Bizarre Rich-People Secrets I Learned Undercover at Canyon Ranch Spa
(Bloomberg Businessweek) -- Overweight and underslept, real estate executive Mel Zuckerman ignored the stern warnings from his physician: The yo-yo dieting and long hours at the office had to stop—his life depended on it. Then, suddenly, his father died, and he began to listen. It was the late 1970s, and fat camps were all the rage. But after one too many military workouts and bland, calorie-conscious meals, Zuckerman set out to develop a more satisfying and sustainable recipe for healthy living: Canyon Ranch.
Since its founding in 1979, the tony retreat has espoused a whole-person approach to care. The veritable pioneer of what’s become a multitrillion-dollar wellness industry, the Tucson resort has never focused on isolated symptoms but instead uses integrative medicine. And it remains on the cutting edge, counting the likes of Diana Ross, Tim Cook, and Eva Longoria as devotees of its Ayurvedic third-eye awakenings, crystal sound healing, and lucid dreaming “soul journeys.”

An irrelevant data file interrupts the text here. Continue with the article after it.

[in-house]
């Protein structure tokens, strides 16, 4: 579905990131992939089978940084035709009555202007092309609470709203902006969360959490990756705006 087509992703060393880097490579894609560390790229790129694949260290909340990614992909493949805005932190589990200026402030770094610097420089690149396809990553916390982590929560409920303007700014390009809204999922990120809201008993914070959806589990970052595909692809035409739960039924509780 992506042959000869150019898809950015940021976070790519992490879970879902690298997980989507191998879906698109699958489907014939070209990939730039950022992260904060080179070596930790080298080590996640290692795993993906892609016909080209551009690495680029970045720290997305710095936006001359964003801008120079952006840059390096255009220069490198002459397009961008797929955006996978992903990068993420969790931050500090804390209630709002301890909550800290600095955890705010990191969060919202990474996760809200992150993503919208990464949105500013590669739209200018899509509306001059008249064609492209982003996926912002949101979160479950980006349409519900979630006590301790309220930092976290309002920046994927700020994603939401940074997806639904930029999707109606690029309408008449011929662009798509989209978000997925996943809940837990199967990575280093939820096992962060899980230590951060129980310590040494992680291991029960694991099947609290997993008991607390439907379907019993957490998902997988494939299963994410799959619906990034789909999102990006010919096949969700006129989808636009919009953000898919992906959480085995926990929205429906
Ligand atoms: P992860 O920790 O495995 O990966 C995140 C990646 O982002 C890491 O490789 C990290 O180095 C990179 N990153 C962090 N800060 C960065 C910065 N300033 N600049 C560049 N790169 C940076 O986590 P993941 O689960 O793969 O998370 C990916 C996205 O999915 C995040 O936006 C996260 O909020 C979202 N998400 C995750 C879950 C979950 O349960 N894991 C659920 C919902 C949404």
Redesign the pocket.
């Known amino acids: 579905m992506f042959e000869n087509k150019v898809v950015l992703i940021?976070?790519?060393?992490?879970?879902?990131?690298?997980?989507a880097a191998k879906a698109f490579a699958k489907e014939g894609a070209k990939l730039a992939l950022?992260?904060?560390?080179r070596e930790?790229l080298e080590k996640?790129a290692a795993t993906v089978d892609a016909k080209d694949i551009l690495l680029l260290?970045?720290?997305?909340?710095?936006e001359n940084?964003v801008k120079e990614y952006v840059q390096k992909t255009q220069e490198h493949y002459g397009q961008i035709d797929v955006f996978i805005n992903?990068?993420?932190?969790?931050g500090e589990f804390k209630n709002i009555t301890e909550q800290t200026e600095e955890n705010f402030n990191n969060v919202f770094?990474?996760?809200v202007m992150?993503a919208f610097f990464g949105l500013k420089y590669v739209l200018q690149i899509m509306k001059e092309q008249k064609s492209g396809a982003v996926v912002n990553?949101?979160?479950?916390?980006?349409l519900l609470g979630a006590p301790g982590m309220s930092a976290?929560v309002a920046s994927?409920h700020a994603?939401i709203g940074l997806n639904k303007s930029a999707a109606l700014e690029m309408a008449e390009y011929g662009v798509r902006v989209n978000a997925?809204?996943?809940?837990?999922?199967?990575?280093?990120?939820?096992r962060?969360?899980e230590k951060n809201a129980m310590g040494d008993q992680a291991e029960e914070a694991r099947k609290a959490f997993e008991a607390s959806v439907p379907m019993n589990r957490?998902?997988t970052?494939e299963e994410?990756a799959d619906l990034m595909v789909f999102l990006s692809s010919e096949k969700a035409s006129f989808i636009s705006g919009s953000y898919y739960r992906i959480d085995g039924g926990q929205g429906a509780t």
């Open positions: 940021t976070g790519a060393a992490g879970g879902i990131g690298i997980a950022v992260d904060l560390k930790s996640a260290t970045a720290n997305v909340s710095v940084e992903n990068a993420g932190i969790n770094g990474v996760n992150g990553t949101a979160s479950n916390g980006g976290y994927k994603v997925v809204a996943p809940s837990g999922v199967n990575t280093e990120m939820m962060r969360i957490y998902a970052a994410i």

Zuckerman still swooshes on ellipticals alongside them, and his age is a mystery that guests love trying to crack—88? 95? 137? But these days he’s there for less work and more play. In 2017, Zuckerman sold his entire share of the company for an undisclosed sum to Texas billionaire John Goff, who’s continued Zuckerman’s project of turning Canyon Ranch into a global brand with satellite locations, cruise and airline partnerships, and a rapidly expanding real estate portfolio. In November a Silicon Valley-adjacent retreat opened to woo moneyed millennials; this winter, for its 40th birthday, the Arizona flagship is unveiling its own $30 million tip-to-toe refresh.
Aging well, it seems, is easy for Canyon Ranch and its founding father (who’s 91, by the way). So when the legendary spa offered me a chance to go undercover as a staff member for a week, I jumped at the opportunity to see how the (fat-free) sausage was made. And it wasn’t all downward dogging and green juicing, either. From cataloging sex toys to slicing single dumplings into half portions, here’s everything I learned at America’s original wellness retreat.
Special requests are a special nightmare